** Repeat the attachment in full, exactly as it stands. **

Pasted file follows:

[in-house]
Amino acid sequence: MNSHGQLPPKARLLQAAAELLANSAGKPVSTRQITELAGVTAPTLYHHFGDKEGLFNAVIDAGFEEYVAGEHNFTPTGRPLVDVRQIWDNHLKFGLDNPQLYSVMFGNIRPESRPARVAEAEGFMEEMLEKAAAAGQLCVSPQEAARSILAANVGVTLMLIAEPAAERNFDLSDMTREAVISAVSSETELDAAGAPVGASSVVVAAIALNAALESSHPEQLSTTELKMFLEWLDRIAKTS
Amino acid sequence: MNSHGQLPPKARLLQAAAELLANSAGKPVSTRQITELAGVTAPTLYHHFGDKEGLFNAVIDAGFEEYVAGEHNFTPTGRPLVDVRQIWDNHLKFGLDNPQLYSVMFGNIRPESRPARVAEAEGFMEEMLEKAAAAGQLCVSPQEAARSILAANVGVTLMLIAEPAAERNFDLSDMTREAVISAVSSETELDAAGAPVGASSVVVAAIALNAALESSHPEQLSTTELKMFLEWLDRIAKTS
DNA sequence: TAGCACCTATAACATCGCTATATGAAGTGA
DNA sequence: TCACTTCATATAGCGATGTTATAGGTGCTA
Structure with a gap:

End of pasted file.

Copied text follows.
[in-house]
Amino acid sequence: MNSHGQLPPKARLLQAAAELLANSAGKPVSTRQITELAGVTAPTLYHHFGDKEGLFNAVIDAGFEEYVAGEHNFTPTGRPLVDVRQIWDNHLKFGLDNPQLYSVMFGNIRPESRPARVAEAEGFMEEMLEKAAAAGQLCVSPQEAARSILAANVGVTLMLIAEPAAERNFDLSDMTREAVISAVSSETELDAAGAPVGASSVVVAAIALNAALESSHPEQLSTTELKMFLEWLDRIAKTS
Amino acid sequence: MNSHGQLPPKARLLQAAAELLANSAGKPVSTRQITELAGVTAPTLYHHFGDKEGLFNAVIDAGFEEYVAGEHNFTPTGRPLVDVRQIWDNHLKFGLDNPQLYSVMFGNIRPESRPARVAEAEGFMEEMLEKAAAAGQLCVSPQEAARSILAANVGVTLMLIAEPAAERNFDLSDMTREAVISAVSSETELDAAGAPVGASSVVVAAIALNAALESSHPEQLSTTELKMFLEWLDRIAKTS
DNA sequence: TAGCACCTATAACATCGCTATATGAAGTGA
DNA sequence: TCACTTCATATAGCGATGTTATAGGTGCTA
Structure with a gap: